Mutagenesis mapping of RNA structures within the foot-and-mouth disease virus genome reveals functional elements localized in the polymerase (3D(pol))-encoding region

RNA structures can form functional elements that play crucial roles in the replication of positive-sense RNA viruses. While RNA structures in the untranslated regions (UTRs) of several picornaviruses have been functionally characterized, the roles of putative RNA structures predicted for protein coding sequences (or open reading frames [ORFs]) remain largely undefined. Here, we have undertaken a bioinformatic analysis of the foot-and-mouth disease virus (FMDV) genome to predict 53 conserved RNA structures within the ORF. Forty-six of these structures were located in the regions encoding the nonstructural proteins (nsps). To investigate whether structures located in the regions encoding the nsps are required for FMDV replication, we used a mutagenesis method, CDLR mapping, where sequential coding segments were shuffled to minimize RNA secondary structures while preserving protein coding, native dinucleotide frequencies, and codon usage. To examine the impact of these changes on replicative fitness, mutated sequences were inserted into an FMDV subgenomic replicon. We found that three of the RNA structures, all at the 3' termini of the FMDV ORF, were critical for replicon replication. In contrast, disruption of the other 43 conserved RNA structures that lie within the regions encoding the nsps had no effect on replicon replication, suggesting that these structures are not required for initiating translation or replication of viral RNA. Conserved RNA structures that are not essential for virus replication could provide ideal targets for the rational attenuation of a wide range of FMDV strains.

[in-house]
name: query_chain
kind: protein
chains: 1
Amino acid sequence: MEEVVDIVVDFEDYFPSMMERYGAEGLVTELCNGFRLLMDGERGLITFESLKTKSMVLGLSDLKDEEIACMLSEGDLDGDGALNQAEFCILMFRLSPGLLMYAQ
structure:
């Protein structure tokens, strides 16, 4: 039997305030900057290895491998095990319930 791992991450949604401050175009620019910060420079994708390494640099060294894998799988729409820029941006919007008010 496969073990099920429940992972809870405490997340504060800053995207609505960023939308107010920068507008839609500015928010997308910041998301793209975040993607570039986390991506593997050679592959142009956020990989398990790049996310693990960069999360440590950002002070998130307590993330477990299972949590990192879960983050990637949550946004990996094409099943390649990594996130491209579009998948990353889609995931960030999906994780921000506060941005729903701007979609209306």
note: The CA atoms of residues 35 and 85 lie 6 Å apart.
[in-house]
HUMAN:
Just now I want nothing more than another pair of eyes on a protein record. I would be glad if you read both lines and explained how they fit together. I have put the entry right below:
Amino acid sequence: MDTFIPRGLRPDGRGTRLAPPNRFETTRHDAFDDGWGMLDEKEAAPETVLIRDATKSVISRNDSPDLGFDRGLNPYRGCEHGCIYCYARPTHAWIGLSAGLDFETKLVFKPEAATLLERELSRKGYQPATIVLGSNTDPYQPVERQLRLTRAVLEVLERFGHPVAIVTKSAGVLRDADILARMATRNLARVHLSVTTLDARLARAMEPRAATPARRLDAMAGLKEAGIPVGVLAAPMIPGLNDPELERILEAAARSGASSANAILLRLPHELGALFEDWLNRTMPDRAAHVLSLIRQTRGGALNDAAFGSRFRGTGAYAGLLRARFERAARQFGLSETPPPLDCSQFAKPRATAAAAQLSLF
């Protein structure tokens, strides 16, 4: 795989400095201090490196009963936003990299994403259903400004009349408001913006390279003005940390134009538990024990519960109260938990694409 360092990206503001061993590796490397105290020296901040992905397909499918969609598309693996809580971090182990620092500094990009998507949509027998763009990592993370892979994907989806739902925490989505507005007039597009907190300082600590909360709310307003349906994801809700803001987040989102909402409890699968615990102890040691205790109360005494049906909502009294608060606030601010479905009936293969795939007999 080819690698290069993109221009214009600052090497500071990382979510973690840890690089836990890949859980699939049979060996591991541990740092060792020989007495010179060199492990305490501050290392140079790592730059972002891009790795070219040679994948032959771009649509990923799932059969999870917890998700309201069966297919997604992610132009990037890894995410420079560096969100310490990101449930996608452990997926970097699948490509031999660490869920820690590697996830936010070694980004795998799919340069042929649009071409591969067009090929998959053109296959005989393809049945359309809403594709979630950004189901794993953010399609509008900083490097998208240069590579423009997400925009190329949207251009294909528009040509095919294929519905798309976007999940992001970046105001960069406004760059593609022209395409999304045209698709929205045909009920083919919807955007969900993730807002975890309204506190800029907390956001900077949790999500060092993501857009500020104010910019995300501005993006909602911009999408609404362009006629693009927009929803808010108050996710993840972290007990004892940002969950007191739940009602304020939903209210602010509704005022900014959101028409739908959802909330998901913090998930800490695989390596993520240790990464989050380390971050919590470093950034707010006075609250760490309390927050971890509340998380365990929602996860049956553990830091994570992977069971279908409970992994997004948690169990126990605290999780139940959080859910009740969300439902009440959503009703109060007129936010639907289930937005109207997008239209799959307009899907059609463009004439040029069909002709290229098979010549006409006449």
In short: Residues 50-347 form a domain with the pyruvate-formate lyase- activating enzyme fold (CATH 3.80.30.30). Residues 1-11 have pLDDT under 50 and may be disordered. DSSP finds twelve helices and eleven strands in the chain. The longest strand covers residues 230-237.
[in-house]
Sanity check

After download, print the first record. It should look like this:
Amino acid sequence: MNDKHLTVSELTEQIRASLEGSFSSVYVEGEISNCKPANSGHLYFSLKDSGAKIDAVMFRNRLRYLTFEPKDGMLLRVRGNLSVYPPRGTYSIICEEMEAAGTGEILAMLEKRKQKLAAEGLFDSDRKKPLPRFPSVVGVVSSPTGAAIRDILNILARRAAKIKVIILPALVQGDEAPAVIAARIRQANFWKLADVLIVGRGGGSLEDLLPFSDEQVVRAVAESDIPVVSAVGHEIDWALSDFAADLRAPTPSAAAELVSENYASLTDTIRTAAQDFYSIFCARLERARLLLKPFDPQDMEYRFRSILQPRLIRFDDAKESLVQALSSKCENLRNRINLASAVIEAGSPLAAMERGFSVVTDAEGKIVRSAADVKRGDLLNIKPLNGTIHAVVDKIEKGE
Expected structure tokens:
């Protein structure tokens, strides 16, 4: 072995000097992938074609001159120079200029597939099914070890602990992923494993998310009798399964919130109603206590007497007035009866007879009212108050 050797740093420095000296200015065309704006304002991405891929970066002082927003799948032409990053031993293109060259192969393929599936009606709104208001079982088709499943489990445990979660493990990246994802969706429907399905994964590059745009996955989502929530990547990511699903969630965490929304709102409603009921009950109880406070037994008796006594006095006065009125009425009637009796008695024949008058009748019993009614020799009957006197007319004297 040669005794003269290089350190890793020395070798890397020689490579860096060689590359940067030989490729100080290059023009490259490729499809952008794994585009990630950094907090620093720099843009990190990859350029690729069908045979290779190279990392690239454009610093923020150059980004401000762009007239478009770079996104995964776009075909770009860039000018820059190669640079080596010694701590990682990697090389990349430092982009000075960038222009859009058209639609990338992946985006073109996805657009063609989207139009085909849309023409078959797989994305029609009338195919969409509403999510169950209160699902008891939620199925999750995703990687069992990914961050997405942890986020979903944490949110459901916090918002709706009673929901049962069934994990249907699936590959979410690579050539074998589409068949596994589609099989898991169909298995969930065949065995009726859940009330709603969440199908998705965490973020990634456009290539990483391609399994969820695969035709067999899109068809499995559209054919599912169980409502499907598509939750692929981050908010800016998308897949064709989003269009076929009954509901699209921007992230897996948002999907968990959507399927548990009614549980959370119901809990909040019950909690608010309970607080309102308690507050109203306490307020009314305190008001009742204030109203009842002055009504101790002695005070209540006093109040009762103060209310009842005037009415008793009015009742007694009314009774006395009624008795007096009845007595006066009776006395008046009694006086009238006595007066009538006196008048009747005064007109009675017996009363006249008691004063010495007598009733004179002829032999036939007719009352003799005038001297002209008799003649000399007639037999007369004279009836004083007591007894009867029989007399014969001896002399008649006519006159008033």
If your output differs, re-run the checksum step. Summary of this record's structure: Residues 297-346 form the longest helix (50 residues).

IMPORTANCE Some RNA structures formed by the genomes of RNA viruses are critical for viral replication. Our study shows that of 46 conserved RNA structures located within the regions of the foot-and-mouth disease virus (FMDV) genome that encode the nonstructural proteins, only three are essential for replication of an FMDV subgenomic replicon. Replicon replication is dependent on RNA translation and synthesis; thus, our results suggest that the three RNA structures are critical for either initiation of viral RNA translation and/or viral RNA synthesis. Although further studies are required to identify whether the remaining 43 RNA structures have other roles in virus replication, they may provide targets for the rational large-scale attenuation of a wide range of FMDV strains. FMDV causes a highly contagious disease, posing a constant threat to global livestock industries. Such weakened FMDV strains could be investigated as live-attenuated vaccines or could enhance biosecurity of conventional inactivated vaccine production.

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